On what grounds might an employee's application for excusal from, or deferral of, jury service be granted?

Under ss.9 and 9A of the Juries Act 1974, excusal from, or deferral of, jury service can be granted if an employee can demonstrate that there is "good reason" for his or her jury service to be deferred, or that he or she should be excused from undertaking it.

Statutory guidance issued by HM Courts and Tribunals Service (HMCTS) sets out some principles for summoning officers to follow when deciding when to grant deferral or excusal. The guidance provides for excusal to be granted "for valid business reasons" if the employee can show that his or her absence would cause "unusual hardship". Where jury service would conflict with work commitments, the guidance states that service should be deferred in the first instance, unless excusal is clearly necessary. For example, excusal may be granted in the case of a small business where there may be few or no other staff to cover the employee's absence, but deferral may be more appropriate where the employee has particular expertise that is needed to complete a time-critical project.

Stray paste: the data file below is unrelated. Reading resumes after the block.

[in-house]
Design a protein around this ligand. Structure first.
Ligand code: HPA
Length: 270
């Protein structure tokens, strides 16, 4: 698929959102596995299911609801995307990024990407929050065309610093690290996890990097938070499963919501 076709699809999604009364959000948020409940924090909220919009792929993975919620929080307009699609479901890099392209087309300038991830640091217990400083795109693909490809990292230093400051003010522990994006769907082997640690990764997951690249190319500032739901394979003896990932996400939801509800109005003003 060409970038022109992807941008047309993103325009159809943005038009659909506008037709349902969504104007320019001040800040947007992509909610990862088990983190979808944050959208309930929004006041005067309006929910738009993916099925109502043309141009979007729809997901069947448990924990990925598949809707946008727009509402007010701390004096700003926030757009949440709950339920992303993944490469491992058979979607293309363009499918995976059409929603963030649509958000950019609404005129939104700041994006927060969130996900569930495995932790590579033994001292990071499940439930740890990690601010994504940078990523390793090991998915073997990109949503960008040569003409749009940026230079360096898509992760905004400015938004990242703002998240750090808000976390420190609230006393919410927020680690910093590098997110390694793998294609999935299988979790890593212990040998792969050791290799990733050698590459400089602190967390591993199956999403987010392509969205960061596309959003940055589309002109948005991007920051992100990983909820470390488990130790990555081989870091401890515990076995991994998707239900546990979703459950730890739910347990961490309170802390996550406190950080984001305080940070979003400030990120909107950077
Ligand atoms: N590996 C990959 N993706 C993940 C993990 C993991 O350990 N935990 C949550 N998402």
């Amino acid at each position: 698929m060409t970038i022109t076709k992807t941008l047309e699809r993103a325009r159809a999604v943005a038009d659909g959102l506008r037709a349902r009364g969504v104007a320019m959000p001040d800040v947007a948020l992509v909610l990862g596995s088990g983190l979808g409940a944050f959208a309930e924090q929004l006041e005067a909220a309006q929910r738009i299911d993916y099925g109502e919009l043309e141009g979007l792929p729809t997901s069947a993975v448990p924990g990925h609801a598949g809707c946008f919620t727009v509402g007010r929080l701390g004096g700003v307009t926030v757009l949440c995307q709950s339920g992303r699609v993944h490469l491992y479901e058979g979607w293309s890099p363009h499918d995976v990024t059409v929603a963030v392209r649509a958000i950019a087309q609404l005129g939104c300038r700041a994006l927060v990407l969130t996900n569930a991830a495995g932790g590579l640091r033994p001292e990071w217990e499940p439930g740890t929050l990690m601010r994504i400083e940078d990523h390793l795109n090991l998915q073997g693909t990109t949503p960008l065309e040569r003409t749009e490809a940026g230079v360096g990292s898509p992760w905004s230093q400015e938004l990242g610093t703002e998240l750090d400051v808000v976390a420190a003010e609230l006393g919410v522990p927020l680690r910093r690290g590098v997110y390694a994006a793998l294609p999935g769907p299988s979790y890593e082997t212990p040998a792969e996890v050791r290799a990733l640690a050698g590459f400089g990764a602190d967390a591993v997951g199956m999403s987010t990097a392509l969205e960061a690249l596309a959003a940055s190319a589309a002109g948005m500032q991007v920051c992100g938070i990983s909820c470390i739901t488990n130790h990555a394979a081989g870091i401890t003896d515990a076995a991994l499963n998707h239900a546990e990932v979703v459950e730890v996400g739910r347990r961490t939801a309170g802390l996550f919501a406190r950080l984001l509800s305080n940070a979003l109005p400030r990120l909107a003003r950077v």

The guidance states that applications for excusal from shift and night workers should be dealt with sympathetically, and that a shift worker's service should be deferred to a period when the employee does not have to attend jury service on a rest day.

The employee will be excused from service if he or she has already carried out jury service in the previous two years. An application for excusal is likely to be granted if the employee has insufficient understanding of English to carry out jury service. An application for excusal may also be granted on the grounds that the employee has an illness or physical disability that would make jury service difficult to undertake.

Deferral, rather than excusal, is likely to be granted if the employee has a pre-booked holiday.